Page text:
2011 Revisited: One Day, Two Results

Our look at 2011 continues with a recap of the first split squad games of that spring.  Man, was I really talking glowingly about Zack Cox?  And it’s good to know that the more things change, the more “resting Molina” means exactly the same thing.

One Day, Two Results

One of those interesting quirks of spring is the split squad games.  With so many players in camp, it’s a great tool to be able to get more at bats for hitters and innings for pitchers.  Of course, that also means that, like yesterday, you can win and lose in the same day.

The game that got the most attention, at least from me because it was on KMOX and I was listening through the MLB At Bat app, was the home game against Washington.  With Lance Berkman being held out for precautionary measures, Zack Cox got the chance to play a little, and he took advantage.

Cox had a double and a single, plus was heady enough to advance on a wild pitch that, from what it sounds like, didn’t get that far from the catcher and made a nice slide at home to score the tying run on a groundout.  I’m personally rooting for Zack because he’s a Razorback alumni like myself and I want to see him succeed.  Days like this will get the team’s attention.  He’s not coming up this year, but since he’s on a major league contract already, a good 2011 would put him in the mix for 2012.  Even if David Freese is perfectly acceptable at first, they may consider moving him to second base to get him in the lineup.

Berkman said he was “perfectly fine to play,” but the training staff decided to be cautious with him and hold him out not only of yesterday’s game, but of today’s trip to his old Astros stomping grounds.  The longer he doesn’t play, the more concern there is in Cardinal Nation about how this guy will hold up during the season.  I can understand not pushing at all during the spring, but he’s going to have to get into that regular playing rhythm sometime before the season starts.  Hopefully after he gets back into the lineup (tomorrow?  Monday?) he’ll stay there.

Brandon Dickson impressed Dave Duncan with his outing against the Nats yesterday.  That’s not terribly surprising since Dickson would fit the Duncan mold, getting ground balls and working quickly.  His line might not have been as dominant as Lance Lynn‘s was a few days ago, but he didn’t do anything to take him out of the competition for the fifth slot either.  You have to figure Duncan’s word is going to carry a lot of weight in this battle, so if you can stay on his good side, as it were, it’s going to help.

Yadier Molina caught nine innings in an early spring training game.  For a team that is continually saying that they are going to rest Yadi more and limit his playing time, they definitely have a strange way of going about it.  I know that Yadi wanted to stay in and catch everyone so he could be familiar with each pitcher in camp, and I can’t argue with that rationale too much, but you’d think there’d be better times and ways.  Only good thing is that it’s early in the spring, so he should be fully rested.  It wasn’t even Tony La Russa managing that team yesterday (he went up with the road team to the Mets), so it’s doubly surprising.  Maybe Yadi knows how to talk the coaches into things!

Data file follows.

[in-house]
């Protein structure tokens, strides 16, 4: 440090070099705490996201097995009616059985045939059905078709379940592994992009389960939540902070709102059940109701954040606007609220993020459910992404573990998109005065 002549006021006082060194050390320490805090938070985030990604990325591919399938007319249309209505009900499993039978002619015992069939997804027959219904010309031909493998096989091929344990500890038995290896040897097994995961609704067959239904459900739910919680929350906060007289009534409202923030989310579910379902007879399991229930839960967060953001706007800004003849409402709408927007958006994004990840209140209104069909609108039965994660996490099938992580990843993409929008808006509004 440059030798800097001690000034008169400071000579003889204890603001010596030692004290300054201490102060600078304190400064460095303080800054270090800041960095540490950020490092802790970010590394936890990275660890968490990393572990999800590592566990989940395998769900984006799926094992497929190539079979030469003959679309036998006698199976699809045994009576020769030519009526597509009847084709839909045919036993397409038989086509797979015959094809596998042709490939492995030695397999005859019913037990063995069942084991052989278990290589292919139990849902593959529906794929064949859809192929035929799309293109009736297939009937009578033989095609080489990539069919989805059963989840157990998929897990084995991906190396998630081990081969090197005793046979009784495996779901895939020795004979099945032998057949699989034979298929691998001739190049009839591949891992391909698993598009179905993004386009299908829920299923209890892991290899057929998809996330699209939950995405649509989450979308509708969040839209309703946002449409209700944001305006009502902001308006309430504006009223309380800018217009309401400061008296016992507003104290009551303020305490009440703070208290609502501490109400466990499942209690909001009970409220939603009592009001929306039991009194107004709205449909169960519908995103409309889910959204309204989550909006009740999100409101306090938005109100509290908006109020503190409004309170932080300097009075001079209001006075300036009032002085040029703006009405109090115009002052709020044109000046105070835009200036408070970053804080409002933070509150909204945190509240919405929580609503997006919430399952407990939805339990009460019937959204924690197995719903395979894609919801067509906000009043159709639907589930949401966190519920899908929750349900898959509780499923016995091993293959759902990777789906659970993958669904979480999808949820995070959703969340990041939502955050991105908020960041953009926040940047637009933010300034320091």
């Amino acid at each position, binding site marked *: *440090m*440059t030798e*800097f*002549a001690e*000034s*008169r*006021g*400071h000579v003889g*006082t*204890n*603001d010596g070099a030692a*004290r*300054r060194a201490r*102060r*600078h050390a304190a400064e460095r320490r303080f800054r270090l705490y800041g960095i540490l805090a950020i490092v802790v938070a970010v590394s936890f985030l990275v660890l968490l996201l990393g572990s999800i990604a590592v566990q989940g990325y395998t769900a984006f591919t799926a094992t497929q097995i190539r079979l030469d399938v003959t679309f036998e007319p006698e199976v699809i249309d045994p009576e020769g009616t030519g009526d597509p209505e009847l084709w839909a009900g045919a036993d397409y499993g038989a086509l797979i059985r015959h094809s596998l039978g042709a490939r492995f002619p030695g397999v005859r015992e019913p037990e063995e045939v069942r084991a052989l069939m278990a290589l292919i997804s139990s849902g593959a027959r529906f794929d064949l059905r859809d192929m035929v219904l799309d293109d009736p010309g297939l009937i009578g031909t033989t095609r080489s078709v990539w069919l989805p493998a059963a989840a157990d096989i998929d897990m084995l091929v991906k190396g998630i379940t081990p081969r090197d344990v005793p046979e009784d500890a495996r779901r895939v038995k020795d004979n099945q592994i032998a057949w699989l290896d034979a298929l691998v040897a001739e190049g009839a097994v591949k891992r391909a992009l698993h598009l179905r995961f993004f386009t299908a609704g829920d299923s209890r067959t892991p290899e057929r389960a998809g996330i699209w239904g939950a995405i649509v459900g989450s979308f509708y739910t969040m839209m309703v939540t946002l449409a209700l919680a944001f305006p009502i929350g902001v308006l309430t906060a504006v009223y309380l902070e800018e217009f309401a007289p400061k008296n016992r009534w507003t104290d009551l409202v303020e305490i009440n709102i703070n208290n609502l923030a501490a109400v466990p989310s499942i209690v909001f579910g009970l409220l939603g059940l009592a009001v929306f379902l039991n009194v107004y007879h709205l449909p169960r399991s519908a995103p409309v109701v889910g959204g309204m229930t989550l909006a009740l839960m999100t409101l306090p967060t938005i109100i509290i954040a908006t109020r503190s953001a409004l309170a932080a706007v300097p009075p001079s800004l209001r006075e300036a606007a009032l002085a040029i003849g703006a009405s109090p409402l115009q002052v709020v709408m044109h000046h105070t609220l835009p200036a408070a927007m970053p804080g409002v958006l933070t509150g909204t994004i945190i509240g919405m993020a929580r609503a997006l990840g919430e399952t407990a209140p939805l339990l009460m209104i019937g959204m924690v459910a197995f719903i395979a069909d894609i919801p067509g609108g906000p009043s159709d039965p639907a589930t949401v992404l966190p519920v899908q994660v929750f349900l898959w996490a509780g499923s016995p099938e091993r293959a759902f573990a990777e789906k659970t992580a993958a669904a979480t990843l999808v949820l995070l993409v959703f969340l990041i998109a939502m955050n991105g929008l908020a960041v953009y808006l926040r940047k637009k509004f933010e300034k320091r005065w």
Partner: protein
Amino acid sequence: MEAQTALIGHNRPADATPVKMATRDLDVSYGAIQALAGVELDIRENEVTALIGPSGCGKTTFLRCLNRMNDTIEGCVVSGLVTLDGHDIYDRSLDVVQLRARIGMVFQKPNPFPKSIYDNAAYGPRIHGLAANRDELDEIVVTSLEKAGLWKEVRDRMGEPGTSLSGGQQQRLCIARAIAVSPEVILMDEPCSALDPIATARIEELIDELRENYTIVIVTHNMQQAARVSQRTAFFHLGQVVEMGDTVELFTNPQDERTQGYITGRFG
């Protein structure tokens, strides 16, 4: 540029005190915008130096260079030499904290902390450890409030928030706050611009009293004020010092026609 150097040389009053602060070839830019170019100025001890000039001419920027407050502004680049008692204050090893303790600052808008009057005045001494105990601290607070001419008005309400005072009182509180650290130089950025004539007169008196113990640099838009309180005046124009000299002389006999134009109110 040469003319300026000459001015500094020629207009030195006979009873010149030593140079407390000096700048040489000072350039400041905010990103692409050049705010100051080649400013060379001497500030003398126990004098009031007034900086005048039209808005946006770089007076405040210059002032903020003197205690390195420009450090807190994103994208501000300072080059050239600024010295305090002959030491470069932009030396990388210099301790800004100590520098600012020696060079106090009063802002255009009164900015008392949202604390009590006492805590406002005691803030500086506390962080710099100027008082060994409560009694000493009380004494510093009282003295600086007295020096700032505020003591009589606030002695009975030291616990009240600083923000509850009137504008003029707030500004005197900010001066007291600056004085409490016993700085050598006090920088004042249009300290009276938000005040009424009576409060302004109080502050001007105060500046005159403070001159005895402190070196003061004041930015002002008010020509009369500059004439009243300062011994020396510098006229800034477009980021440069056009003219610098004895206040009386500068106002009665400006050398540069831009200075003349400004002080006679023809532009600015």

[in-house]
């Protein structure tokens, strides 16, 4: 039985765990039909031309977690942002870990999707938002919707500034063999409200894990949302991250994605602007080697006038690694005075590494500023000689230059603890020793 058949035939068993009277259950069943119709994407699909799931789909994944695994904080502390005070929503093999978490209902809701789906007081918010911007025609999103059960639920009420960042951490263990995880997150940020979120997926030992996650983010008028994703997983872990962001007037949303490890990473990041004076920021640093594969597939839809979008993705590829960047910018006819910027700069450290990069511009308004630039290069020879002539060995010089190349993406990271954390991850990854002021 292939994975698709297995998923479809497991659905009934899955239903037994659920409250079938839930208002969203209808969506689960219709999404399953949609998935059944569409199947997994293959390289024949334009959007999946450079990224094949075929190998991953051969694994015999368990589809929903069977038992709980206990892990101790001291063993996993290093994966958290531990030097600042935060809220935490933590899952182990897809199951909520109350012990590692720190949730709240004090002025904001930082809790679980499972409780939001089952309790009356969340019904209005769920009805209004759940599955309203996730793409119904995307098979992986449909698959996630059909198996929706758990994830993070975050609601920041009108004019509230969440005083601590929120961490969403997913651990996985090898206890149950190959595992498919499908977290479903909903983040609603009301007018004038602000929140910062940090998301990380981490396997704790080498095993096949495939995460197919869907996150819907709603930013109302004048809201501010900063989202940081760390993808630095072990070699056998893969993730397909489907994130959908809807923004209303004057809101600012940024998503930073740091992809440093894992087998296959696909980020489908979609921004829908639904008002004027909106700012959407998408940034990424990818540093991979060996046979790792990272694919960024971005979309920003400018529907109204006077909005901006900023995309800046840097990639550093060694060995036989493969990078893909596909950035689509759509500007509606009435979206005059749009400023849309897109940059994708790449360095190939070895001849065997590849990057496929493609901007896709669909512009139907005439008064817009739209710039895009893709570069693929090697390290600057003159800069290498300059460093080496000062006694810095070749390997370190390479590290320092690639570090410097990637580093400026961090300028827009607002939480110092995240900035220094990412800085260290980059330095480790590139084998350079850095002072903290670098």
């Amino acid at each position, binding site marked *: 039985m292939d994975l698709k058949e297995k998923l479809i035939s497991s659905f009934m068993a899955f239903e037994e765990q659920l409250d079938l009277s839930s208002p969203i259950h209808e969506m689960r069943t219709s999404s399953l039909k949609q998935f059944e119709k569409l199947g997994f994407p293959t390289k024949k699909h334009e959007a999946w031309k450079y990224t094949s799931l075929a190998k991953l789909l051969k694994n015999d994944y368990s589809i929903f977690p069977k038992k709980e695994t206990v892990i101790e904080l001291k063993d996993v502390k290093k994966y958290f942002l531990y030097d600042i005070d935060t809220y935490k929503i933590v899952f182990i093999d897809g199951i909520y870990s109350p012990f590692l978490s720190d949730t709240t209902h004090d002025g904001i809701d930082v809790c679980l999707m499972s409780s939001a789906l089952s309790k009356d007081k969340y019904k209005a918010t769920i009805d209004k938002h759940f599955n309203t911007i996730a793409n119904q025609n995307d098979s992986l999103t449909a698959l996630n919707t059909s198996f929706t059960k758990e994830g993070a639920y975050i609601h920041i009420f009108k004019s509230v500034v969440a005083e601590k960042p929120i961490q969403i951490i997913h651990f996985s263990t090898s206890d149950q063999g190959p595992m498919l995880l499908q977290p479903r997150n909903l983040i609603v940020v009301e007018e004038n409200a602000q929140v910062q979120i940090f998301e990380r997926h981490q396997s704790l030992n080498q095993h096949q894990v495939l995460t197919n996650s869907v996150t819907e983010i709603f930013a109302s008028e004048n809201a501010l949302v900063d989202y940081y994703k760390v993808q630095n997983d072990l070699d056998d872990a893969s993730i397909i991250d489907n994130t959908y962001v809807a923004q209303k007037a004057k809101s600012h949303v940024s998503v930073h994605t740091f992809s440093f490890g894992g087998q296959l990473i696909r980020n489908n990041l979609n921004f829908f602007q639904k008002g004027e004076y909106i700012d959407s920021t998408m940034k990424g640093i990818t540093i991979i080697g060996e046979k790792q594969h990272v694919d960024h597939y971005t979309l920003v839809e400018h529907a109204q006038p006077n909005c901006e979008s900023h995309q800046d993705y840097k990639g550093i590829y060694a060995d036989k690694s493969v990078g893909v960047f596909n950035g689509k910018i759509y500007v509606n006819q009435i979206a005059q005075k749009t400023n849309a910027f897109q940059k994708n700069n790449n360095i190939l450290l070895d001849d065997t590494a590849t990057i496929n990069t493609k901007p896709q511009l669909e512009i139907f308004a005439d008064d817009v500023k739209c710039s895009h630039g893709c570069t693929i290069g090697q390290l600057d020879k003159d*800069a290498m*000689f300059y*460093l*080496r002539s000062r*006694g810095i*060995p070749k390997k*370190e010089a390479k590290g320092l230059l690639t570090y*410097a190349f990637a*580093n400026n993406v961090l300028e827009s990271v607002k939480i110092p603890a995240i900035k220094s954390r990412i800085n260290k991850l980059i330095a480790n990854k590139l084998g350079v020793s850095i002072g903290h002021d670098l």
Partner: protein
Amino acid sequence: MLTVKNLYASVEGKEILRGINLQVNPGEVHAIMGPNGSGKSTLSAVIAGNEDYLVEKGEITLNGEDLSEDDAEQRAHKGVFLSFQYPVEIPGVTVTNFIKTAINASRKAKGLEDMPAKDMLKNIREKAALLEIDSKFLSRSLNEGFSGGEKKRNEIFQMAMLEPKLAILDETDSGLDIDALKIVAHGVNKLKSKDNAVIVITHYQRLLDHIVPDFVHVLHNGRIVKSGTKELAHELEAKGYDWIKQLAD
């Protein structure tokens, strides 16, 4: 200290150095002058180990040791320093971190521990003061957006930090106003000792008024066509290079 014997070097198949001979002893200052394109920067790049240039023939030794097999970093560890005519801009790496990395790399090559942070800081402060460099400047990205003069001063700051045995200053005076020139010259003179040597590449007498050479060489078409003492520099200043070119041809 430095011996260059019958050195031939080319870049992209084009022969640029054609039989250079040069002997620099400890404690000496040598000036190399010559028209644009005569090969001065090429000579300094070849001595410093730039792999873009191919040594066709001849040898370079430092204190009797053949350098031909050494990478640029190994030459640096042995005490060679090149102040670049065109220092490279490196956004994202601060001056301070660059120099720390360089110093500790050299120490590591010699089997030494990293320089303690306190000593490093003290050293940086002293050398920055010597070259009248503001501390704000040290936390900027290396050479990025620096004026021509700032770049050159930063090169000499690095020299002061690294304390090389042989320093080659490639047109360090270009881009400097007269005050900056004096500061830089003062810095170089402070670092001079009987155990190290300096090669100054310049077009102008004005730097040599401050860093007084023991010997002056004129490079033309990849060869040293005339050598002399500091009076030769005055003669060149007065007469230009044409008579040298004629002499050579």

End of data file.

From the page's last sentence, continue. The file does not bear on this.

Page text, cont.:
Ian Snell‘s line: two innings, four hits, two earned runs.  If anyone really thought he was a serious contender for the last slot (looking at the national media here, mainly), it’s pretty clear that he’s the longest of longshots, especially with all the other options in camp.  I guess he could turn it around and have a strong spring, but this first outing reaffirmed what a lot of us expected when he was signed.

There wasn’t much going on in the other game, as the Mets took that one 3-0.  Jaime Garcia admitted that he was a little extra excited with it being his first outing and it showed, as he wasn’t sharp and was more erratic than usual.  Still he only allowed one unearned run in his two innings.

PJ Walters bore the brunt of the Mets offense, allowing two runs in 2.2 innings.  He walked four and allowed three hits while he was out there, which isn’t what the club wants to see. Of course, he’s on the fringe of the starter race as well as having a shot at the bullpen, but he may find himself in Memphis if he has many more of those outings.

Tyler Greene needs to relax and “let his talent out,” according to today’s story in the Post-Dispatch.  Greene went 0-2 yesterday, but has started off the spring pretty well.  He’s fairly assured of a bench role, in my mind, and I think it’s completely possible (even though, with TLR, perhaps not likely) that he could take over for Skip Schumaker on a regular basis by the end of the year.  It’s hard to believe that he was going to be taken in the slot the Cards took Colby Rasmus, since Rasmus is starting his third year in the bigs.  It’ll be fun to see if Greene can really tap into what the club thinks he can do.

Another nice day for Allen Craig, getting two of the six hits the team had.  Starting to get excited about seeing him on a more regular basis this year.

The Cards head up to Houston today, but most of the stars aren’t going.  Colby doesn’t have the seniority yet to get out of those trips and the starting middle infield is going as well.  Craig hits cleanup in this bare bones lineup, which gives him yet another chance to shine.  Houston is covering this on the radio, so if you have the MLB app you can hear the game that way.

Last reminder, going to keep the Cardinal Approval Ratings voting going through the weekend, then start announcing results next week.  If you’ve not voted, do so!

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